Checklist: Responding to Student Diversity
Treat students as individuals whose identities are complex and unique.
For example, you can ask open-ended questions to solicit students' reports of their experiences or observations without calling on a student to speak for his or her race/gender/culture. Also, learning to pronounce all of the names correctly shows respect for varied backgrounds.
Encourage full participation while being aware of differences which may influence students' responses.
For example, you can make eye contact with everyone, increase your wait time to include less assertive and/or more reflective students, ask questions that draw out quieter participants or challenge dominant students in small groups, or talk with students outside of class to provide encouragement.
Vary your teaching methods to take advantage of different learning styles and to expand the repertoire of strategies tried by each student.
For example, you can foster peer relationships with in-class collaboration, include concrete examples whenever possible, use visual or dramatic presentations, or value personal knowledge and experience when students share it.
Promote a respectful classroom climate with egalitarian norms and acceptance of differences.
For example, you can encourage student projects involving diverse perspectives, discuss guidelines or "ground rules" for good participation, and monitor language use for implicit assumptions, exclusions, or overgeneralizations.
Be aware of possible student anxiety about their performance in a competitive environment such as Carnegie Mellon's but try not to "overprotect."
All students - including those whose personal or cultural histories may include being a target of stereotypes and discrimination - need clear standards and evaluation criteria, straightforward comments on their work delivered with tact and empathy, and early feedback so that they can change their learning strategies or get help if needed.
Avoiding Common Problems
Avoid highly idiomatic English.
Idioms are especially confusing for non-native speakers of English or any student who may have been raised in another country or another region of the U.S. While the expressions may be colorful, many students may miss an important concept if the phrase in unfamiliar (e.g. "once in a blue moon," "between a rock and a hard place").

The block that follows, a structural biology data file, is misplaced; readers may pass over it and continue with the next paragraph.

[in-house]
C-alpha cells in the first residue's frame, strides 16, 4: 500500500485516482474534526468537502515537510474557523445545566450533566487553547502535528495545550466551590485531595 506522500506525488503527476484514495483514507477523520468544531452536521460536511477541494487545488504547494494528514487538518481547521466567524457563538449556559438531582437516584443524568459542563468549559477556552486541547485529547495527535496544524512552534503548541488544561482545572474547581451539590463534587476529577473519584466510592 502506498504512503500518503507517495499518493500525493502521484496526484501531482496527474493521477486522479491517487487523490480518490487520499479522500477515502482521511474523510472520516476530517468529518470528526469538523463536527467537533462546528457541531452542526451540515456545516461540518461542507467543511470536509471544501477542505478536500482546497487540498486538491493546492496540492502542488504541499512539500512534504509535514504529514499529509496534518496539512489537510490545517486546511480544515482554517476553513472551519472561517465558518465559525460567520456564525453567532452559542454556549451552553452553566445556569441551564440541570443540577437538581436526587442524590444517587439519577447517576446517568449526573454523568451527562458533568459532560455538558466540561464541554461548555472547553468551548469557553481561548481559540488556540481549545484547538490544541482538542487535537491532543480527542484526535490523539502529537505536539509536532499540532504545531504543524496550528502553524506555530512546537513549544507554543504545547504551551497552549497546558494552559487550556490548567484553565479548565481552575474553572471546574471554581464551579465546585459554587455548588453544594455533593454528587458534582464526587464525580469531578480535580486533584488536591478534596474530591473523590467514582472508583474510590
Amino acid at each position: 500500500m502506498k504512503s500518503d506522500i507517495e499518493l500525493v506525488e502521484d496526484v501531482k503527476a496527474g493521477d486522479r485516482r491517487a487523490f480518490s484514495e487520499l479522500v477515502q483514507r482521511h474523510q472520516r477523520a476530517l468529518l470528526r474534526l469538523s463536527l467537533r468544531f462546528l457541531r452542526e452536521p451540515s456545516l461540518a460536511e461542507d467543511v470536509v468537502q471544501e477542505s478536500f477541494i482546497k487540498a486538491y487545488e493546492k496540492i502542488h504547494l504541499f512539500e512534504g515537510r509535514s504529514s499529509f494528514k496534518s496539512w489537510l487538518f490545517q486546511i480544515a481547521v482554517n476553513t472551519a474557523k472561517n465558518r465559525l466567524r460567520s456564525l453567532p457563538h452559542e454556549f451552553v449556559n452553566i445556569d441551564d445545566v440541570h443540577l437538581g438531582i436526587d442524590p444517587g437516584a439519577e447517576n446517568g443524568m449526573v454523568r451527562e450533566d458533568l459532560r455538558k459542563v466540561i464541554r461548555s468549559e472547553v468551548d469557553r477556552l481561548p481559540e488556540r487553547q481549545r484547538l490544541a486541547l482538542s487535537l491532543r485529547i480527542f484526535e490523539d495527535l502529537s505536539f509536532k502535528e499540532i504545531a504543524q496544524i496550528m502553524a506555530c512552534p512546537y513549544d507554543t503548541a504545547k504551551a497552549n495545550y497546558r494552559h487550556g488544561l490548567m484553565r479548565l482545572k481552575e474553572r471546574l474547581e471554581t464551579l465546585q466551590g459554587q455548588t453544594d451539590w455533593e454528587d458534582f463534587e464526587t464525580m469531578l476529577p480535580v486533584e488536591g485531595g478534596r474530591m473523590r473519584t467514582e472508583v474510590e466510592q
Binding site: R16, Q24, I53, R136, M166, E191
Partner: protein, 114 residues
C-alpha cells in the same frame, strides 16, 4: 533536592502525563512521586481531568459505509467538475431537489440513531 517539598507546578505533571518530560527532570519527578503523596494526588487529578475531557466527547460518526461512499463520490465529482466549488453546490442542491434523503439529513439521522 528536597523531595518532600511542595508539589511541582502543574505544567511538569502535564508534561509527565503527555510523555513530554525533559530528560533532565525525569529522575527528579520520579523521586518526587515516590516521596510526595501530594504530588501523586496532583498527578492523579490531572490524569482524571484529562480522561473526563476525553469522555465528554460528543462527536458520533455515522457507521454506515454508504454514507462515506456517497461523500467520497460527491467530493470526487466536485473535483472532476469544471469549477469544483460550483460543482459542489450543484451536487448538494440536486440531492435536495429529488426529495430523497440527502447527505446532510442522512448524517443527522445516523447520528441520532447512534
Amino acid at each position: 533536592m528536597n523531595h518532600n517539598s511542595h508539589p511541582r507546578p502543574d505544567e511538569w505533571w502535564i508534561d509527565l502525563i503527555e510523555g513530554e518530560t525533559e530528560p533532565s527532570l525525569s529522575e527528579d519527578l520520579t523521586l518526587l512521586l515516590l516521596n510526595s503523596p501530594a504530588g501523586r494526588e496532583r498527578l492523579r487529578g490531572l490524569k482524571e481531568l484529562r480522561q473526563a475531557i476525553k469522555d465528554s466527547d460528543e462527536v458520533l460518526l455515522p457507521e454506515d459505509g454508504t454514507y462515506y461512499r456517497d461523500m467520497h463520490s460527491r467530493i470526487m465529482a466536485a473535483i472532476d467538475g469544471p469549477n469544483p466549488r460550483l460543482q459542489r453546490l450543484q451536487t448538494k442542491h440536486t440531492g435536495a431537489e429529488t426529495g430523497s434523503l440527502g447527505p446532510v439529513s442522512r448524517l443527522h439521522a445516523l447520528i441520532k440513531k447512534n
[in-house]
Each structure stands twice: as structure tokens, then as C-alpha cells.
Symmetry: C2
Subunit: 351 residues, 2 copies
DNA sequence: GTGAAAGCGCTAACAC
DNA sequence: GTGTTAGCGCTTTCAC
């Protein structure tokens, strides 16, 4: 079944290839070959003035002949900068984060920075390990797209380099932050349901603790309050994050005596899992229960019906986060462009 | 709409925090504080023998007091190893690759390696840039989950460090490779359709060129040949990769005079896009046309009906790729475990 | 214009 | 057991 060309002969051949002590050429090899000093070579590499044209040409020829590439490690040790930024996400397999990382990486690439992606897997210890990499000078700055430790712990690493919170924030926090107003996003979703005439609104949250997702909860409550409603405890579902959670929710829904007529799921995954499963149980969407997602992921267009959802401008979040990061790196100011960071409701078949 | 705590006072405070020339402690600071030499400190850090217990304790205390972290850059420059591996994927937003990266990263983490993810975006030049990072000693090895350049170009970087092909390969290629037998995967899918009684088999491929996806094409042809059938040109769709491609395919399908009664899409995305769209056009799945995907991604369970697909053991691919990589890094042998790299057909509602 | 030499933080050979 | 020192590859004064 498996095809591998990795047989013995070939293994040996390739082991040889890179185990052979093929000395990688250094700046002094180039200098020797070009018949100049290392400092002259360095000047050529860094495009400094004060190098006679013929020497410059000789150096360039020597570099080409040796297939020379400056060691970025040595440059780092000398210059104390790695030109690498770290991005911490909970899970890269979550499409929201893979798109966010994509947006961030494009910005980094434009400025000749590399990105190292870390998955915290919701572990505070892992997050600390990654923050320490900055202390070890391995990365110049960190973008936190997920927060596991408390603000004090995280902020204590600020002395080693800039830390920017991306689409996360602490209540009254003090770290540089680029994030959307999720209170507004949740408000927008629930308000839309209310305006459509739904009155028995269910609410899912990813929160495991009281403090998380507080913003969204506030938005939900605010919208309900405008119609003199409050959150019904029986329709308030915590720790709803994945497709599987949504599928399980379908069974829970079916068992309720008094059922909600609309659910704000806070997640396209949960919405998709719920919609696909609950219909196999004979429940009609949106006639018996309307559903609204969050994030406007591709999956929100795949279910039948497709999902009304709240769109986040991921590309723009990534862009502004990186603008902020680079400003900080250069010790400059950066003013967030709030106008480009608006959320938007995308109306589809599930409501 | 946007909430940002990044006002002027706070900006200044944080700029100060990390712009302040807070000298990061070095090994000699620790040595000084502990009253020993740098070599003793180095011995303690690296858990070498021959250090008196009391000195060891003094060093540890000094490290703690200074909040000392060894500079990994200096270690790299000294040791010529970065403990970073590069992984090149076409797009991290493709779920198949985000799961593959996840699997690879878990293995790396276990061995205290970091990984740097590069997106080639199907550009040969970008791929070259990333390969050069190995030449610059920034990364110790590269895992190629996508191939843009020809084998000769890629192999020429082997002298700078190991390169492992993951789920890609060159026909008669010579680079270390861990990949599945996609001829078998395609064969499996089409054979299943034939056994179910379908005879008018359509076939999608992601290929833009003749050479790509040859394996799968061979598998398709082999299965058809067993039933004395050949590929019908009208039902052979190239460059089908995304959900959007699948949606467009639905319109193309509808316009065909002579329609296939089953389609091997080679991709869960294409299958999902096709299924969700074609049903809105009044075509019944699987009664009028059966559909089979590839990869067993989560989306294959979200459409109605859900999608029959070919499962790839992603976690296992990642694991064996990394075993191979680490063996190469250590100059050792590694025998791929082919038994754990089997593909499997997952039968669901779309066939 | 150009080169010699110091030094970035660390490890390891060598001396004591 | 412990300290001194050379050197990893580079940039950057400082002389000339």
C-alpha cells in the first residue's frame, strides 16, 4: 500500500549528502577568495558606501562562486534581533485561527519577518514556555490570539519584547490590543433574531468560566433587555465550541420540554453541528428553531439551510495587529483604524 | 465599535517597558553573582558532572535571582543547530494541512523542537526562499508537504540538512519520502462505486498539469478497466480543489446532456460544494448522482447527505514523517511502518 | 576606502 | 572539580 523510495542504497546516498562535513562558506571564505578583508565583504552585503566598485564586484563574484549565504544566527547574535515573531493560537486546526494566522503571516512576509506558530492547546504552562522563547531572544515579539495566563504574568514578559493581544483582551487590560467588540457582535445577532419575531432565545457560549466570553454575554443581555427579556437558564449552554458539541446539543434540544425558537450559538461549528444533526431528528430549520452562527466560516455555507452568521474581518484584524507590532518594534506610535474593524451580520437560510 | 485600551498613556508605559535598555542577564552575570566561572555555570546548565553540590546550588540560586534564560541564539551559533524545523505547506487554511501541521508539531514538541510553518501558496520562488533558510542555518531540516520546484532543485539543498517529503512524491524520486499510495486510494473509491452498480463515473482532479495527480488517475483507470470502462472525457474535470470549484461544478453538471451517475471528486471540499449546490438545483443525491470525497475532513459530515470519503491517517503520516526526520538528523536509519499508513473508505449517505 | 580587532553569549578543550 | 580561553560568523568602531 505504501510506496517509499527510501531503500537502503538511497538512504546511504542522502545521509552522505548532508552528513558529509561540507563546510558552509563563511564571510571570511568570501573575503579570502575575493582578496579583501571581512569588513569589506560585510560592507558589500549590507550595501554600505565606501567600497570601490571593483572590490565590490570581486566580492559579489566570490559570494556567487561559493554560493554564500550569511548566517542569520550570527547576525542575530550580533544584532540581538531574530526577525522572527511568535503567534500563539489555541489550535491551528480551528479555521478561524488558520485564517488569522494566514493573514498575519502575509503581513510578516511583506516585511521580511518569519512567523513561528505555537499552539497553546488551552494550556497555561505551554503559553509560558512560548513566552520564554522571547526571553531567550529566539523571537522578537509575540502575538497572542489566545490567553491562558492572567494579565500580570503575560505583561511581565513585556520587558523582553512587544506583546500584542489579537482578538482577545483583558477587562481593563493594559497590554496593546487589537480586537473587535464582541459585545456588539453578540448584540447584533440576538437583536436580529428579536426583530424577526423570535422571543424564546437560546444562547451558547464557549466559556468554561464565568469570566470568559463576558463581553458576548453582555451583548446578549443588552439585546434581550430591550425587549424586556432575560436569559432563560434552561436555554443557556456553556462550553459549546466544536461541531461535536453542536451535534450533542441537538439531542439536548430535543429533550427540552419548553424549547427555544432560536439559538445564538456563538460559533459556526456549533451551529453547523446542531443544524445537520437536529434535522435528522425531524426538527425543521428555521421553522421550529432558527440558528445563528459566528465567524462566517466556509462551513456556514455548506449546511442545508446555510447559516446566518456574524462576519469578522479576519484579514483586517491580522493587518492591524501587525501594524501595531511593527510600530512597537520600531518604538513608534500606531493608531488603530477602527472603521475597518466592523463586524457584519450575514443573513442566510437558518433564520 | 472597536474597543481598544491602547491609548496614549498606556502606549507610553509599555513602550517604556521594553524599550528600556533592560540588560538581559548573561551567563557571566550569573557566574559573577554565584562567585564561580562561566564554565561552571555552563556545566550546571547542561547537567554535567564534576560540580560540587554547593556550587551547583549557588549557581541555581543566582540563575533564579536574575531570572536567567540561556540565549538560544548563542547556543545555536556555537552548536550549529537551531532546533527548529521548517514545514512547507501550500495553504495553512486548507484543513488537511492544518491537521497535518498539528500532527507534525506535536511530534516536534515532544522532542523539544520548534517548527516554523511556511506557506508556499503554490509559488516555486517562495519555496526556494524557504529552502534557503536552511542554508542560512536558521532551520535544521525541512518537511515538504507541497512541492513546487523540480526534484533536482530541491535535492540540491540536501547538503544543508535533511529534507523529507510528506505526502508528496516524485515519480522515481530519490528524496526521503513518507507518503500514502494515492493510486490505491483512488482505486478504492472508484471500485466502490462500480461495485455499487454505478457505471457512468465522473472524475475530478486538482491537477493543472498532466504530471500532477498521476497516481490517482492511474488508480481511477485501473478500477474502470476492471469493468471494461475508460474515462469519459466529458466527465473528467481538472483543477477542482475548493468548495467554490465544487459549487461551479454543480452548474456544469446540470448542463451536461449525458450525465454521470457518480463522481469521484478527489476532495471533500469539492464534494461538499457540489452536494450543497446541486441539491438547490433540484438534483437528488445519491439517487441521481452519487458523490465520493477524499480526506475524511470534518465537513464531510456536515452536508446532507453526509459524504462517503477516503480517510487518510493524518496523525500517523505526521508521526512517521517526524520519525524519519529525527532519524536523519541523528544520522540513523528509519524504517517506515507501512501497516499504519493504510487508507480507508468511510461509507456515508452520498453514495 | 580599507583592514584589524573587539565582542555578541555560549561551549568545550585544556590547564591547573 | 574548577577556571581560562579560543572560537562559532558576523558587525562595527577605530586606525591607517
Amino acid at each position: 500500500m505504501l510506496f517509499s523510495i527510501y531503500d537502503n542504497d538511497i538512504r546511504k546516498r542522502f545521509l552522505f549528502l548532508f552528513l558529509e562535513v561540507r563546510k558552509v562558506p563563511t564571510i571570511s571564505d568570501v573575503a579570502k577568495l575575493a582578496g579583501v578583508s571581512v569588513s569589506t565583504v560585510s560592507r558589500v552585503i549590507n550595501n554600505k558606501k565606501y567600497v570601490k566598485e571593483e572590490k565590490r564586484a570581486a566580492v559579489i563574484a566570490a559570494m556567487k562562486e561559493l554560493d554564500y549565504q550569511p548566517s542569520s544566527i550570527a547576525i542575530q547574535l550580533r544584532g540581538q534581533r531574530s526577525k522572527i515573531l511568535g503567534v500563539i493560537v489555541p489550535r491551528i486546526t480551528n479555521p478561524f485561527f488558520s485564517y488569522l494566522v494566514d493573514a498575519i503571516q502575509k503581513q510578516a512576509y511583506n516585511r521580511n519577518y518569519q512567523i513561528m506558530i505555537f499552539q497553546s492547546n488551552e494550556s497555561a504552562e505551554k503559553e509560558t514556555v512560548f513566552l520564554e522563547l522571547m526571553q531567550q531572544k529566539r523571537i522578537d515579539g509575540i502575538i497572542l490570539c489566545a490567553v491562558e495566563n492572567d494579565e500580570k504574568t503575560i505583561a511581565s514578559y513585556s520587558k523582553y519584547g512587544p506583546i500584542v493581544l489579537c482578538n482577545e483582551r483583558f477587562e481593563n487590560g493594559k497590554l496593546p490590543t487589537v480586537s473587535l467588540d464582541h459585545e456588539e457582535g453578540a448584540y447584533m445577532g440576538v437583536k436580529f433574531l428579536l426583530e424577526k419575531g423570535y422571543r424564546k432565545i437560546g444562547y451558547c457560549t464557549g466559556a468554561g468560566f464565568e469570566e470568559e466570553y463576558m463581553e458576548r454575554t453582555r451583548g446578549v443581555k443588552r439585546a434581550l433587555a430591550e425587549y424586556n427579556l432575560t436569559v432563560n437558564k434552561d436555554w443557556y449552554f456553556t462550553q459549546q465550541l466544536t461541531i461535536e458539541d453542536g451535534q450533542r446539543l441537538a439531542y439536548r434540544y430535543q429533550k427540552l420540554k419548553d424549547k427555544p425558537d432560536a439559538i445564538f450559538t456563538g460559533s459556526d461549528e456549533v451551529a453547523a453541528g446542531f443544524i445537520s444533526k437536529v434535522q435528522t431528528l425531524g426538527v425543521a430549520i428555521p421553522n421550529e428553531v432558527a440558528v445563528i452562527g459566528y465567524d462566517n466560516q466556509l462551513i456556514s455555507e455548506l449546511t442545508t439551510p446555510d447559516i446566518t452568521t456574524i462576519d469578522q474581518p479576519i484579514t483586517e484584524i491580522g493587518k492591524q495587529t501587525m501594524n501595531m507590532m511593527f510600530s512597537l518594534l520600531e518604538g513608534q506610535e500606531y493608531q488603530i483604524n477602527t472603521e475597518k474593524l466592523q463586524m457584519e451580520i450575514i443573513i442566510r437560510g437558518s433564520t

Provide some linguistic redundancy.
Many students, particularly non-native speakers of English, benefit from both seeing and hearing language (e.g. through the use of the blackboard or overhead projector) and from hearing key ideas stated in different ways.
Use diverse examples rather than ones which assume a particular background or experience.
Examples that come easily are often those which come from our own experiences. Make sure you aren't consistently assuming all your students share that experience. For example, notice when many of your examples are based on cultural or regional knowledge, hobbies favored predominantly by one gender, or political or historical knowledge unfamiliar to those from other countries.
Don't assume that students who don't talk don't know the material.
Being quiet in the classroom and not "showing off" are considered respectful in many Asian cultures. For some women and people of color, silence in the classroom may have been learned in response to negative experiences with participation (e.g. being interrupted by others, not getting credit for their ideas, having others talk to them in a condescending or dismissive way).
Watch the type of humor that occurs in your classes to be sure it denigrates no one.
A surprisingly large number of jokes involve putting down people who are different in some way and who may already feel marginal because of those differences. For more about classroom humor, see page 30 of Collected Wisdom.
From Freeland, R. (1998). Collected Wisdom: Strategies & Resources for TAs. Pittsburgh, PA: Eberly Center for Teaching Excellence, Carnegie Mellon.